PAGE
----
Making a monster out of conservative Republican Sen. John Tower is proving difficult for youthful Rep. Robert Krueger and the newly unified Texas Democratic Party.

"Tower's been around a long time," a Democratic courthouse official told us in Karnes County, deep in southern Texas. "He's made enemies and friends, and I reckon there's more friends than enemies."

That sums up the once glittering prospect that Tower, called "the accidental senator" by Lyndon Johnson, would at last be unhorsed. With Tower and Krueger agreeing on most economic and oil-and-gas issues, the glitter foreseen for this campaign has turned to ho-hum boredom, a far greater hazard for Krueger than Tower.

Converting those Tower "friends" into "enemies," at a time when most Texas voters turn off at the word "politics," has moved Rhodes scholar Krueger into public scrutiny of ancient parts of Tower's voting record. He reaches 14 years back, blasting Tower for opposing the 1964 civil-rights bill. But Tower survived that vote in 1966 and 1972, when he was reelected to the seat he first won in 1961.

Likewise, Krueger is trying to exploit what is sometimes called the "morality" issue against Tower. His principal fund-raising committee mailed to newspapers throughout the state a published weekly newspaper column that, without actually naming Tower, stigmatized him as a womanizer. Typed across the top of the mailed column was this message from "Friends of Bob Krueger Committee": "Dear Editor: Thought you might be interested in this unusually candid description of Bob Krueger's opponent in the U.S. Senate race, John Tower."

Krueger himself is more careful. The closest he has come to a frontal attack on Tower's moral fiber was to describe him on Oct. 11 as "one of Tongsun Park's closet friends" in a pep talk to courthouse politicians and a few voters in the southern Texas hamlet of Goliad. He coupled that with a reference to former representative Wayne Hays's sexual shenanigans which, he said, discredited Congress.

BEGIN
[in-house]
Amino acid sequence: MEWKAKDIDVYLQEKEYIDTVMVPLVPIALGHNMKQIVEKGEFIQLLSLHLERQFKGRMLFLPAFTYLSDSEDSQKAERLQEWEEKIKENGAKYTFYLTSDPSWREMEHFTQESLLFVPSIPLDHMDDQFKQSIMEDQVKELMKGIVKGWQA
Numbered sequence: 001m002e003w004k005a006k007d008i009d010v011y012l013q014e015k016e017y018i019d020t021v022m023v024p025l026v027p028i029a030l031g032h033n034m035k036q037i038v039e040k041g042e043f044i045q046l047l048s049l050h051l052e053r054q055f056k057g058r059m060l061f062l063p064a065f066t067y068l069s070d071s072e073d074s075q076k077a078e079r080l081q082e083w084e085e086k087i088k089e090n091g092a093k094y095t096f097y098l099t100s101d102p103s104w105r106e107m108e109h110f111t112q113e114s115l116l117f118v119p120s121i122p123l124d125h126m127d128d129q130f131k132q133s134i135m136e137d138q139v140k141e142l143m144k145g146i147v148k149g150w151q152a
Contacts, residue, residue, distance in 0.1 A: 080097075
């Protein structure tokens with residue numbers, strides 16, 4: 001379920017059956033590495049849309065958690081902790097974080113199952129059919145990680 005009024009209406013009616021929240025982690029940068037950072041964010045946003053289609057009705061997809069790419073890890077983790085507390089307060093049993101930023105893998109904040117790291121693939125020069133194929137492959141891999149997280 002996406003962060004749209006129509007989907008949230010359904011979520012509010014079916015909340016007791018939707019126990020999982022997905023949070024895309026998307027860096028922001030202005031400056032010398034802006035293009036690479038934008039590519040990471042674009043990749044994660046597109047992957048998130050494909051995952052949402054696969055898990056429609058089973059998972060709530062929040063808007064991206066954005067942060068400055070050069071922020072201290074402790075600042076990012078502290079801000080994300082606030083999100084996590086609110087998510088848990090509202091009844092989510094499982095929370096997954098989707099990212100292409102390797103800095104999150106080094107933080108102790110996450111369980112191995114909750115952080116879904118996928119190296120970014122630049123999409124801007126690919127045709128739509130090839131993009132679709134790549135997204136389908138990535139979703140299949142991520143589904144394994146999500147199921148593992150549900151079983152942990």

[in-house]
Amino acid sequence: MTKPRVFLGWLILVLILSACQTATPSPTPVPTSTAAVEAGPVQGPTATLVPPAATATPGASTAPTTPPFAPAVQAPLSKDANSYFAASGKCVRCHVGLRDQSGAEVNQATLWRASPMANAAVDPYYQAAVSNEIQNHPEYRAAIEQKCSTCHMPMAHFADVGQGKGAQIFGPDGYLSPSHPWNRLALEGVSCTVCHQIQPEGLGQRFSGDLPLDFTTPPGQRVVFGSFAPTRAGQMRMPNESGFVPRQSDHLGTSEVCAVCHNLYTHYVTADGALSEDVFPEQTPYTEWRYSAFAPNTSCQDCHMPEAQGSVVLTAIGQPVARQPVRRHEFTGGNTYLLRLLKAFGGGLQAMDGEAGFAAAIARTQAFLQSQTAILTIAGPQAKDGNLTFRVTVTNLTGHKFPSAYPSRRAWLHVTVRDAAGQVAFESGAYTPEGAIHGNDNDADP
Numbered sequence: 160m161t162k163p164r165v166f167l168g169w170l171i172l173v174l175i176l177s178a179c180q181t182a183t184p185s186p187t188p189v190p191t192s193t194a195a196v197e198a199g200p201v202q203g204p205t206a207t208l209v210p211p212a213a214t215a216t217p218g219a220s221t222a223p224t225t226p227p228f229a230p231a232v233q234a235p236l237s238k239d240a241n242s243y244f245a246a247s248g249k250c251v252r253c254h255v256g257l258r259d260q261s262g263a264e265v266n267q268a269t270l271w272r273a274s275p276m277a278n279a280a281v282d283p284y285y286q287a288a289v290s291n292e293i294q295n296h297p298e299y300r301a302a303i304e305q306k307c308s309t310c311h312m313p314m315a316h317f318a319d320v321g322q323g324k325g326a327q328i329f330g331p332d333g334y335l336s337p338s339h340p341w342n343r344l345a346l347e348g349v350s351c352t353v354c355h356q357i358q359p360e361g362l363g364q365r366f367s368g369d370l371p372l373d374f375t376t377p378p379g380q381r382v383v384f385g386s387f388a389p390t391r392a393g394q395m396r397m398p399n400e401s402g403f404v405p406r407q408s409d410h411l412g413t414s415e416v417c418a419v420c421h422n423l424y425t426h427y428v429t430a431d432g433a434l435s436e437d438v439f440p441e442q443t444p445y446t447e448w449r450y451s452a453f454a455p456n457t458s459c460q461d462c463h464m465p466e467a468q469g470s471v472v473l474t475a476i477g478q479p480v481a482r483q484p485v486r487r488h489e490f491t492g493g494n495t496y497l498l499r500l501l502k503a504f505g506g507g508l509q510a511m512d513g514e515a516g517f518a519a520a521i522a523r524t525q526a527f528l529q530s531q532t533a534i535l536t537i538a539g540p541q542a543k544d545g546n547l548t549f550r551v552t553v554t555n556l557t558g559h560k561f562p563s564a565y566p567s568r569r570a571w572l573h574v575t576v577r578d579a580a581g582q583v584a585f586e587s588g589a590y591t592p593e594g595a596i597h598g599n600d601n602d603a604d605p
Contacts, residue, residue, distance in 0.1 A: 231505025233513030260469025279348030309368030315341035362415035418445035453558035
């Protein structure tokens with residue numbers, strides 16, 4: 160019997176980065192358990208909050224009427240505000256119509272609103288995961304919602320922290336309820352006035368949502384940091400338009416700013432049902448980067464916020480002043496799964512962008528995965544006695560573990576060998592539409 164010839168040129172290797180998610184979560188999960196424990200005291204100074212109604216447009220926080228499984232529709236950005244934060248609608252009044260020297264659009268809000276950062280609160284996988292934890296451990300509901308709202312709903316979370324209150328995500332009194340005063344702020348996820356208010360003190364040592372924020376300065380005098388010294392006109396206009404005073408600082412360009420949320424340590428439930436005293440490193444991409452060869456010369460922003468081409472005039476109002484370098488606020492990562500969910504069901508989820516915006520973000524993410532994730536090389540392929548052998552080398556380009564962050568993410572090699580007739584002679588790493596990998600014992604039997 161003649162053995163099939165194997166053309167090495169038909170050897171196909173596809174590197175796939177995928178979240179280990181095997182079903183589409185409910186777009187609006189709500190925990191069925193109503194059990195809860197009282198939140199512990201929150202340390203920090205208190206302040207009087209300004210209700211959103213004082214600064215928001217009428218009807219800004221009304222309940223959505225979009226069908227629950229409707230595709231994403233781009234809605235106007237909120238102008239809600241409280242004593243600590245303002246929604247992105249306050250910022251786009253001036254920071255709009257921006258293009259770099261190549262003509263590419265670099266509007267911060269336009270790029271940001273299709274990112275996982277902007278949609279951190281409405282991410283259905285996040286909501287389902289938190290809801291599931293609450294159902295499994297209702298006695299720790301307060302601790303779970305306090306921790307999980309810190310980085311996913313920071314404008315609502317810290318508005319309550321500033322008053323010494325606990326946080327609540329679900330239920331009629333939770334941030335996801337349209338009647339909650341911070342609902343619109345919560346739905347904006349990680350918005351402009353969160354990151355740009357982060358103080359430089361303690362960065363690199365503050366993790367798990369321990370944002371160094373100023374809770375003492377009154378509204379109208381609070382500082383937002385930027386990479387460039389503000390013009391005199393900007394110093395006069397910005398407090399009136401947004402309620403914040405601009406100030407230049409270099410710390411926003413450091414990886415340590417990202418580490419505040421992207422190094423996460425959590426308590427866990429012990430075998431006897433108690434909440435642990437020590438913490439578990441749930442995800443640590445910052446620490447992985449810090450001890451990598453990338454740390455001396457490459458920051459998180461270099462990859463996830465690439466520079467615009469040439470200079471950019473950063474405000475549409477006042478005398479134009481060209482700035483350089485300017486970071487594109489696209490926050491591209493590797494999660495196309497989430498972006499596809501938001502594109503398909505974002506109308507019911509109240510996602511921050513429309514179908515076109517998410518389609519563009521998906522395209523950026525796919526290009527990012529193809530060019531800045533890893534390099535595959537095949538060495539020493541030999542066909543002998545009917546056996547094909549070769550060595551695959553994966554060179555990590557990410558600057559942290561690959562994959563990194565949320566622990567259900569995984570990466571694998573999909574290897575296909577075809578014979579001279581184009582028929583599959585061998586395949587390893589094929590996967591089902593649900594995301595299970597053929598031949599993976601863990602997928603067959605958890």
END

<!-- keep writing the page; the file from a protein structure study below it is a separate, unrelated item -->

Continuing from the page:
Tower's camp is equally adept at sleazy tactics, raising oblique questions about the fact that Krueger has never been in military uniform and, at 43, is unmarried.

That is grist for the political gossip mill, but scarcely the transcendant stuff that makes for an electrifying Senate campaign. Indeed, with two candidates, who agree on so much, neutralizing the tax-and-spending issue, the Tower-Krueger battle is more shadow-boxing than blood and thunder. The campaign was ummed up by one astute Democrat: "I can't remember a single thing either one of them has said so far."

For Tower, an invisible campaign is golden. He alarmed his managers in mid-summer by paying little attention to waht is by far the most serious challenge he has ever faced. While TOwer stayed in Washington, Krueger risked the charge of missing roll-call votes in the House to make himself known across this vast state. But while building momentum, he failed to build a single issue to turn voters against Tower.

Evidence of the Krueger stall is found in scarce campaign funds for high-cost media ads over the campaign's final three weeks and indications that the big voter turnout planned as the campaign bedrock may not materialize. Krueger's campaign was budgeted at close to $2 million, far more than he has collected.

To overcome voter boredom, particularly in the large Mexican American minority, some Krueger operatives wanted Sen. Edward M. Kennedy for a swing through south Texas and the Rio Grande Valley. But Kennedy had no time. Instead, he has cut media tapes in Spanish, exhorting a big turnout. Such arm's-length exhortation is questionable at best.

Further demonstrating Krueger's need of Mexican American support was the Oct. 12 charge by Luis de Leon, Senate candidate of the left-wing Raza Unida (Race United) Party, that he has been under Democratic Party pressure to get out of the race.

Tower is perceived by some Democrats as an odd but not uncomfortable piece of furniture that somehow got moved into the family parlor and isn't worth the effort to move out. His campaign is individualistic and divorced from all other Republican candidtes, particularly the volatile campaign of former deputy defense secretary William Clements, running for governor against state Attorney General John Hill.

Fearful that Clements's tough, hard-hitting strategy could heighten voter turnout, Tower has banned all Clements campaign literature from his own campaign. He has ignored superstars Ronald Reagan and Gerald Ford, who have come here for Clements.

Tower thinks that if the voters don't turn on and turn out, he can quietly cash in 17 years of political chits and stay in the Democrats' parlor, and he is probably right.